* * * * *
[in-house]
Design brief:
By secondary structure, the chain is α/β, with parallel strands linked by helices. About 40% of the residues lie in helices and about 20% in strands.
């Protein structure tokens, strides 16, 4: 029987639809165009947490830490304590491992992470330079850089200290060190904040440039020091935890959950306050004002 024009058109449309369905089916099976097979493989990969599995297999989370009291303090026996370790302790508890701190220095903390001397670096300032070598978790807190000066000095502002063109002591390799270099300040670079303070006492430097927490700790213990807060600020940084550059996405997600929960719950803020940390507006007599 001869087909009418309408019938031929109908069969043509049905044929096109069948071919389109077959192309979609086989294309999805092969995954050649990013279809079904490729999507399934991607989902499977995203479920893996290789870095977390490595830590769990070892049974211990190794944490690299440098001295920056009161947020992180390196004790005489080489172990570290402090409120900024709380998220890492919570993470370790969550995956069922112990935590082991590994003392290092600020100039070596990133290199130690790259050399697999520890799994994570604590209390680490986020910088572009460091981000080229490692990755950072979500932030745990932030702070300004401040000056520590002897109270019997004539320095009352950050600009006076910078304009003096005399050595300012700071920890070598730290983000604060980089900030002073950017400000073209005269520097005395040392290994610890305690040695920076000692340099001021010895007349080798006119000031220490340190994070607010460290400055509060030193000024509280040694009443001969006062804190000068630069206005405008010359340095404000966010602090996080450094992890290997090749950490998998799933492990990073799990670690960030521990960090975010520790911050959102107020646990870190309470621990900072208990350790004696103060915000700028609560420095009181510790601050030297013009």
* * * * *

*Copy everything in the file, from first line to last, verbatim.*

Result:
[in-house]
Design brief:
By secondary structure, the chain is α/β, with parallel strands linked by helices. About 40% of the residues lie in helices and about 20% in strands.
């Protein structure tokens, strides 16, 4: 029987639809165009947490830490304590491992992470330079850089200290060190904040440039020091935890959950306050004002 024009058109449309369905089916099976097979493989990969599995297999989370009291303090026996370790302790508890701190220095903390001397670096300032070598978790807190000066000095502002063109002591390799270099300040670079303070006492430097927490700790213990807060600020940084550059996405997600929960719950803020940390507006007599 001869087909009418309408019938031929109908069969043509049905044929096109069948071919389109077959192309979609086989294309999805092969995954050649990013279809079904490729999507399934991607989902499977995203479920893996290789870095977390490595830590769990070892049974211990190794944490690299440098001295920056009161947020992180390196004790005489080489172990570290402090409120900024709380998220890492919570993470370790969550995956069922112990935590082991590994003392290092600020100039070596990133290199130690790259050399697999520890799994994570604590209390680490986020910088572009460091981000080229490692990755950072979500932030745990932030702070300004401040000056520590002897109270019997004539320095009352950050600009006076910078304009003096005399050595300012700071920890070598730290983000604060980089900030002073950017400000073209005269520097005395040392290994610890305690040695920076000692340099001021010895007349080798006119000031220490340190994070607010460290400055509060030193000024509280040694009443001969006062804190000068630069206005405008010359340095404000966010602090996080450094992890290997090749950490998998799933492990990073799990670690960030521990960090975010520790911050959102107020646990870190309470621990900072208990350790004696103060915000700028609560420095009181510790601050030297013009």